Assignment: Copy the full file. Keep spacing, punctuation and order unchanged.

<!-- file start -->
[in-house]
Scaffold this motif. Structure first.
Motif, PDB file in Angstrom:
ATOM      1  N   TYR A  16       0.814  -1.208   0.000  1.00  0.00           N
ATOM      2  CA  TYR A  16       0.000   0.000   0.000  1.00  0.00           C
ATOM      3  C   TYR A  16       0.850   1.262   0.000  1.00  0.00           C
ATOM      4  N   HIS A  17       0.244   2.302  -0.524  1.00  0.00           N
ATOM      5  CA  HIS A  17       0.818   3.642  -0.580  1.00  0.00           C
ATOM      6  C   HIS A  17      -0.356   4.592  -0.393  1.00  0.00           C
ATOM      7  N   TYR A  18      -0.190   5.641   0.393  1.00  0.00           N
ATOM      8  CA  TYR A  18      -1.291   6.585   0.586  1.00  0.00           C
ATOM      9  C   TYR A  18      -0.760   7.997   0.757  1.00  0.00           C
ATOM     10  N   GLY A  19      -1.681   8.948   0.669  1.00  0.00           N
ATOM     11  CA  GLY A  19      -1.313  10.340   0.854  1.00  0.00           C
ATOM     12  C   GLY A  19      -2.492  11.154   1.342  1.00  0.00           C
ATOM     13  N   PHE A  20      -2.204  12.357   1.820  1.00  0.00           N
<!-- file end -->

[in-house]
Scaffold this motif. Structure first.
Motif, PDB file in Angstrom:
ATOM      1  N   TYR A  16       0.814  -1.208   0.000  1.00  0.00           N
ATOM      2  CA  TYR A  16       0.000   0.000   0.000  1.00  0.00           C
ATOM      3  C   TYR A  16       0.850   1.262   0.000  1.00  0.00           C
ATOM      4  N   HIS A  17       0.244   2.302  -0.524  1.00  0.00           N
ATOM      5  CA  HIS A  17       0.818   3.642  -0.580  1.00  0.00           C
ATOM      6  C   HIS A  17      -0.356   4.592  -0.393  1.00  0.00           C
ATOM      7  N   TYR A  18      -0.190   5.641   0.393  1.00  0.00           N
ATOM      8  CA  TYR A  18      -1.291   6.585   0.586  1.00  0.00           C
ATOM      9  C   TYR A  18      -0.760   7.997   0.757  1.00  0.00           C
ATOM     10  N   GLY A  19      -1.681   8.948   0.669  1.00  0.00           N
ATOM     11  CA  GLY A  19      -1.313  10.340   0.854  1.00  0.00           C
ATOM     12  C   GLY A  19      -2.492  11.154   1.342  1.00  0.00           C
ATOM     13  N   PHE A  20      -2.204  12.357   1.820  1.00  0.00           N